This means it is safe to compare references to two string literals using ==. Moreover, the same is true for references to String objects that have been produced using the String.intern() method.

For example:

String strObj = new String("Hello!");
String str = "Hello!";

// The two string references point two strings that are equal
if (strObj.equals(str)) {
System.out.println("The strings are equal");
}

// The two string references do not point to the same object
if (strObj != str) {
System.out.println("The strings are not the same object");
}

// If we intern a string that is equal to a given literal, the result is
// a string that has the same reference as the literal.
String internedStr = strObj.intern();

if (internedStr == str) {
System.out.println("The interned string and the literal are the same object");
}

Behind the scenes, the interning mechanism maintains a hash table that contains all interned strings that are still reachable. When you call intern() on a String, the method looks up the object in the hash table:

  • If the string is found, then that value is returned as the interned string.
  • Otherwise, a copy of the string is added to the hash table and that string is returned as the interned string.

It is possible to use interning to allow strings to be compared using ==. However, there are significant problems with doing this; see Pitfall – Interning strings so that you can use == is a bad idea for details. It is not recommended in most cases.

Changing the case of characters within a String

The String type provides two methods for converting strings between upper case and lower case:

  • toUpperCase to convert all characters to upper case
  • toLowerCase to convert all characters to lower case

These methods both return the converted strings as new String instances: the original String objects are not modified because String is immutable in Java. See this for more on immutability: Immutability of Strings in Java

String string = "This is a Random String";
String upper = string.toUpperCase();
String lower = string.toLowerCase();
System.out.println(string);  // prints "This is a Random String"
System.out.println(lower);   // prints "this is a random string"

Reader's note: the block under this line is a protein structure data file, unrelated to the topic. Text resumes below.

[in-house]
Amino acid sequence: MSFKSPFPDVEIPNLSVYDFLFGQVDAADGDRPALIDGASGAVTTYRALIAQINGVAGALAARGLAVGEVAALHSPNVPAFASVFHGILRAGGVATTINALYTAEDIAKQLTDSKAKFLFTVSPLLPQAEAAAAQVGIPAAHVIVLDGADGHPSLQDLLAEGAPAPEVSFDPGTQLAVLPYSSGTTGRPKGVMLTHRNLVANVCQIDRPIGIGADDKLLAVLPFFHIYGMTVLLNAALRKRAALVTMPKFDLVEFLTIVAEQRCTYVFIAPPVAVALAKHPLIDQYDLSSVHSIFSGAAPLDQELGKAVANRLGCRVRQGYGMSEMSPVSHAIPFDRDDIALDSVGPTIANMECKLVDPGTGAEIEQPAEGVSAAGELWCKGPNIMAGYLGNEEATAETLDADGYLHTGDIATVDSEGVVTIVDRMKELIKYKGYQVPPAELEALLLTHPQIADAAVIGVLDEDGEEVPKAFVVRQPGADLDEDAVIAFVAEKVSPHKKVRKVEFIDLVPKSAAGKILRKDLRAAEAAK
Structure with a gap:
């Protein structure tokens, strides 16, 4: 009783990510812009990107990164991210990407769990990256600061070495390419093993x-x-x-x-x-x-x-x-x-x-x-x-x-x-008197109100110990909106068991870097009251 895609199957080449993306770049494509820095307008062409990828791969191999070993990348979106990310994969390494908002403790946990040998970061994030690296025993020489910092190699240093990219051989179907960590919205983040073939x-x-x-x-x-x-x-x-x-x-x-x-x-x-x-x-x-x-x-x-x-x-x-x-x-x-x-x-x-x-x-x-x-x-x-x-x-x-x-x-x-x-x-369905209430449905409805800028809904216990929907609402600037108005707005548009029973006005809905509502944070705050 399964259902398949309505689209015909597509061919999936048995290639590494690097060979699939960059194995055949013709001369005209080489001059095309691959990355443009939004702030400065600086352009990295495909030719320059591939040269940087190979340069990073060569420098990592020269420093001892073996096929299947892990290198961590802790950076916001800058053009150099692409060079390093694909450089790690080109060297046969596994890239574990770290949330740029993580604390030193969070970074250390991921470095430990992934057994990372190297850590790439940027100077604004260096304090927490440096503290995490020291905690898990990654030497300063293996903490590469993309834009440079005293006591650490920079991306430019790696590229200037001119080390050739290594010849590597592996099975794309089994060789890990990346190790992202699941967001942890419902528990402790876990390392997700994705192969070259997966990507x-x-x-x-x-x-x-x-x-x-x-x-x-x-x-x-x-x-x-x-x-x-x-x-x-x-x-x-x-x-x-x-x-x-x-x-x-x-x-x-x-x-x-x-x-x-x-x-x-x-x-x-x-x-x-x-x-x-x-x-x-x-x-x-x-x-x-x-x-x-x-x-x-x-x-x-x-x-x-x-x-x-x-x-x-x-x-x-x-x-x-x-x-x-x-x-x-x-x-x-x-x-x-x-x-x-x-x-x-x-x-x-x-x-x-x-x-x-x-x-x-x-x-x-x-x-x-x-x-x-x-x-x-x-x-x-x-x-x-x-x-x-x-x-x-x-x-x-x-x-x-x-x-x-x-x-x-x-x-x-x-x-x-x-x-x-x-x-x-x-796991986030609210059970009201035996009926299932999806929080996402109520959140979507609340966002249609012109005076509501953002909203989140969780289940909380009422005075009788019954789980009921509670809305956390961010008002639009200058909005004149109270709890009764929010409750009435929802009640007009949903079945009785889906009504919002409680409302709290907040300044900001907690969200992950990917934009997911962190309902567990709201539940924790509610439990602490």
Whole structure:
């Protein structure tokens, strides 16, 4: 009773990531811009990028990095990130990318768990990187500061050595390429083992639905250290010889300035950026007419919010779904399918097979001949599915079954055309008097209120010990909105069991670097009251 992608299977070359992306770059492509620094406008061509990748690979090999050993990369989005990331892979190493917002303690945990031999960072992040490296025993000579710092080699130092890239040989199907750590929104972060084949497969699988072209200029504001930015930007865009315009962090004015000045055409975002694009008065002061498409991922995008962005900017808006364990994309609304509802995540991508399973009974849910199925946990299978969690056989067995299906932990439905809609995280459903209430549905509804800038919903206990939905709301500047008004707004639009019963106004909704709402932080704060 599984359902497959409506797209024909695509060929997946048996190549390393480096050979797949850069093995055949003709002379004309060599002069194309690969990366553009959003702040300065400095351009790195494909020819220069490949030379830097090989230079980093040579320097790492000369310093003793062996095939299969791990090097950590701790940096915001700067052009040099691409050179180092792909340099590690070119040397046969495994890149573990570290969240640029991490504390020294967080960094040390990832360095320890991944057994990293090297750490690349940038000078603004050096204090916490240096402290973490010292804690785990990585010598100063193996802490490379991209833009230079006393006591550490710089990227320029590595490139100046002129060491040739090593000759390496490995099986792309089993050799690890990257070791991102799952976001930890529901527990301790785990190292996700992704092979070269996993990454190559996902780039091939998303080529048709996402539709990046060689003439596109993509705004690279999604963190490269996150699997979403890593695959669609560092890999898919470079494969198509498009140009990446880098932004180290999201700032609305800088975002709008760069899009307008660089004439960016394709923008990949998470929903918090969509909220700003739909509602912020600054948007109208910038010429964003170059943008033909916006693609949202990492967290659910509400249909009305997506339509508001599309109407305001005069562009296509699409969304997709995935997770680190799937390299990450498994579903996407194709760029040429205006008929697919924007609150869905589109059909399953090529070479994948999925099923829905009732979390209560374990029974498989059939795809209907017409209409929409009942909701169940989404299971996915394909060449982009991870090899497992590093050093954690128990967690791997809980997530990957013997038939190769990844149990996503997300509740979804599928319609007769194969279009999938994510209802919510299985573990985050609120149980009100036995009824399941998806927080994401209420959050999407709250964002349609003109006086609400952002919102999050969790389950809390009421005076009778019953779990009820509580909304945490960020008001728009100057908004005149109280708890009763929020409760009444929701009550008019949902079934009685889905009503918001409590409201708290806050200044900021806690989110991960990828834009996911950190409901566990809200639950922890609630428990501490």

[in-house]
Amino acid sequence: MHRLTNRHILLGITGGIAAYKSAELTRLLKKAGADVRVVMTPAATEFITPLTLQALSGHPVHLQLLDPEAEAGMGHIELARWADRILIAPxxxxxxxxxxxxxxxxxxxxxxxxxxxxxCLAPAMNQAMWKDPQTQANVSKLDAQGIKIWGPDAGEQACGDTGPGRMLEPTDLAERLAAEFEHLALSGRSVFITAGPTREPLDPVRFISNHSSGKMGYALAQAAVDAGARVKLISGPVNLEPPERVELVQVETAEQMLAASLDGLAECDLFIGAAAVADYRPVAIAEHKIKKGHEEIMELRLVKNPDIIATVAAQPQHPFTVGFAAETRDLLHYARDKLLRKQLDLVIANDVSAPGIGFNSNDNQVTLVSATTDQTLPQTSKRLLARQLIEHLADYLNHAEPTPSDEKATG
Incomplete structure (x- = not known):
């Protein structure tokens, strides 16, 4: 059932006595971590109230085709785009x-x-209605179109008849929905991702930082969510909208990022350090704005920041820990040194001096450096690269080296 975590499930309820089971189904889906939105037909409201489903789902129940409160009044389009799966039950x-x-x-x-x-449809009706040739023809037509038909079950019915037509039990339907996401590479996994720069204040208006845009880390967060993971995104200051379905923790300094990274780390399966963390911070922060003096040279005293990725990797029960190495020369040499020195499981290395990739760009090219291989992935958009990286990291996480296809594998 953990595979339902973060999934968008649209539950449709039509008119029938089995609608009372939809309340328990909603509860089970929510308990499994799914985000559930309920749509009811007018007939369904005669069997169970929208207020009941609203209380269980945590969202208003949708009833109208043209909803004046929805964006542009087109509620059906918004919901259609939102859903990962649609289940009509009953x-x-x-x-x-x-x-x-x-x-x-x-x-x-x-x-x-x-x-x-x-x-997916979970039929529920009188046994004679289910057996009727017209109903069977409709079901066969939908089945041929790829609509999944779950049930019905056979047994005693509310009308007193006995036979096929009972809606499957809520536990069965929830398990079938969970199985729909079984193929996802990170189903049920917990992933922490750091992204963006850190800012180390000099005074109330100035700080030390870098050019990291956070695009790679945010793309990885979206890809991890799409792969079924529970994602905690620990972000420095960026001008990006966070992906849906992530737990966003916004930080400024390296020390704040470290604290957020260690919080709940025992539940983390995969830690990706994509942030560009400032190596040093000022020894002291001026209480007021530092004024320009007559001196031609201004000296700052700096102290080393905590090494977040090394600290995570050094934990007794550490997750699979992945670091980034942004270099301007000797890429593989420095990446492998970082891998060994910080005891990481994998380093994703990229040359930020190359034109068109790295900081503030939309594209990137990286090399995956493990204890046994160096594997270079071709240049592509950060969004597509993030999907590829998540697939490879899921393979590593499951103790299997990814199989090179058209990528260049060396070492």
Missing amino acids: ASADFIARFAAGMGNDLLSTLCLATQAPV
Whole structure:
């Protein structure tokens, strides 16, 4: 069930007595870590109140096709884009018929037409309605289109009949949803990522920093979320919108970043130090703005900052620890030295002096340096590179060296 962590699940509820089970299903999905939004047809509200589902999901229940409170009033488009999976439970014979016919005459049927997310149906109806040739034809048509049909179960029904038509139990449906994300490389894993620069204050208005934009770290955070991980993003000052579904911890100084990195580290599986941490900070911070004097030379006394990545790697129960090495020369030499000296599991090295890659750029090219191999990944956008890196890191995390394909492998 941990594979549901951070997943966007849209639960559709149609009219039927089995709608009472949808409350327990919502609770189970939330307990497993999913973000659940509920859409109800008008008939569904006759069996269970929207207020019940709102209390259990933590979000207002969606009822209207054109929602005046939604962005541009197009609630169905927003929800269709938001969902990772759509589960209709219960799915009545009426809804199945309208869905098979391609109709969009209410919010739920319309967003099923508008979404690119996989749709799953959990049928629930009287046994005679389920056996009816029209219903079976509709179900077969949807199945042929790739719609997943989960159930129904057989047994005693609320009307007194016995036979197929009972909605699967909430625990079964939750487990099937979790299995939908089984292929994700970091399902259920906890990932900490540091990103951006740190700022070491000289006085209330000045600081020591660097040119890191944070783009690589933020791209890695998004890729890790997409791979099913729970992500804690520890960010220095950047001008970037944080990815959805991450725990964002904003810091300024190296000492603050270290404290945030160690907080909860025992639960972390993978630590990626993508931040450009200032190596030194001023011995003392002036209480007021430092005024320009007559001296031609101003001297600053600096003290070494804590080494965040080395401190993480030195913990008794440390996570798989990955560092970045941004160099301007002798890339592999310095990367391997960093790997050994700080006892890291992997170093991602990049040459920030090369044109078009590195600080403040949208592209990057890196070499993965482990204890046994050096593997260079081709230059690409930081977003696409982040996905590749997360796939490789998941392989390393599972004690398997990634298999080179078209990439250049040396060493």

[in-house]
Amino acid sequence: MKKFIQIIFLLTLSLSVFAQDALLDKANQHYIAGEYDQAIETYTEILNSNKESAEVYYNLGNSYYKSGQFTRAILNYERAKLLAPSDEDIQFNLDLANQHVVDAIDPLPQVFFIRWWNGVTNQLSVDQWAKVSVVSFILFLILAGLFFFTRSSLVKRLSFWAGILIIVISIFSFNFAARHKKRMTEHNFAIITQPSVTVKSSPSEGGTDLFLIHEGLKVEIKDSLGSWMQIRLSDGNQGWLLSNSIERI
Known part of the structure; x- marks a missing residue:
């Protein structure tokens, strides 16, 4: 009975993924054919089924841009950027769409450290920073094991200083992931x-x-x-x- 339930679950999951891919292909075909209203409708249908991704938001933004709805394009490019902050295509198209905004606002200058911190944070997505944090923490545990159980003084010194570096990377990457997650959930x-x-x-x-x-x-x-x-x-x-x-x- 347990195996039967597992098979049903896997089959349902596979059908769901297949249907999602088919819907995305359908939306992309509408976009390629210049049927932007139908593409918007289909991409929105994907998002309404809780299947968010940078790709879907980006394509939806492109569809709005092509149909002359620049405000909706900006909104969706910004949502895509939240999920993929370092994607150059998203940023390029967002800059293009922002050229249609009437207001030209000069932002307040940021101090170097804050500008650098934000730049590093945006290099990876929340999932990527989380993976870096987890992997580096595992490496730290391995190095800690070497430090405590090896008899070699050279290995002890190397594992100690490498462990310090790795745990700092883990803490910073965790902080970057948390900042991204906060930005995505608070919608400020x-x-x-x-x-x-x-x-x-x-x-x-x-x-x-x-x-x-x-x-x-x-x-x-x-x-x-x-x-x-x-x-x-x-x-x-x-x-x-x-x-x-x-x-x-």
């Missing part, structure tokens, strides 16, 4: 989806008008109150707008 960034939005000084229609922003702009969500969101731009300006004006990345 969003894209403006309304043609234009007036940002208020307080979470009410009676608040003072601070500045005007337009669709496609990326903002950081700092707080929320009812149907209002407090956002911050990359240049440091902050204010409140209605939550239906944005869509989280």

System.out.println(upper);   // prints "THIS IS A RANDOM STRING"

Non-alphabetic characters, such as digits and punctuation marks, are unaffected by these methods. Note that these methods may also incorrectly deal with certain Unicode characters under certain conditions.

Note: These methods are locale-sensitive, and may produce unexpected results if used on strings that are intended to be interpreted independently of the locale. Examples are programming language identifiers, protocol keys, and HTML tags.

For instance, “TITLE”.toLowerCase() in a Turkish locale returns “tıtle”, where ı (\u0131) is the LATIN SMALL LETTER DOTLESS I character. To obtain correct results for locale insensitive strings, pass Locale.ROOT as a
the parameter to the corresponding case converting method (e.g. toLowerCase(Locale.ROOT) or toUpperCase(Locale.ROOT)).

Although using Locale.ENGLISH is also correct for most cases, the language invariant way is Locale.ROOT.

Changing case of a specific character within an ASCII string:

To change the case of a specific character of an ASCII string following algorithm can be used:
Steps:

  1. Declare a string.
  2. Input the string.
  3. Convert the string into a character array.
  4. Input the character that is to be searched.
  5. Search for the character into the character array.
  6. If found, check if the character is lowercase or uppercase.
    If Uppercase, add 32 to the ASCII code of the character.
    If Lowercase, subtract 32 from the ASCII code of the character.
  7. Change the original character from the Character array.
  8. Convert the character array back into the string. Voila, the Case of the character is changed.

An example of the code for the algorithm is:

Scanner scanner = new Scanner(System.in);
System.out.println("Enter the String");
String s = scanner.next();
char[] a = s.toCharArray();
System.out.println("Enter the character you are looking for");
System.out.println(s);
String c = scanner.next();
char d = c.charAt(0);

for (int i = 0; i <= s.length(); i++) { 
    if (a[i] == d) { 
    if (d >= 'a' && d <= 'z') { 
        d -= 32; 
        } else if (d >= 'A' && d <= 'Z') {
          d += 32;
        }
        a[i] = d;
         break;
     }
}
s = String.valueOf(a);
System.out.println(s);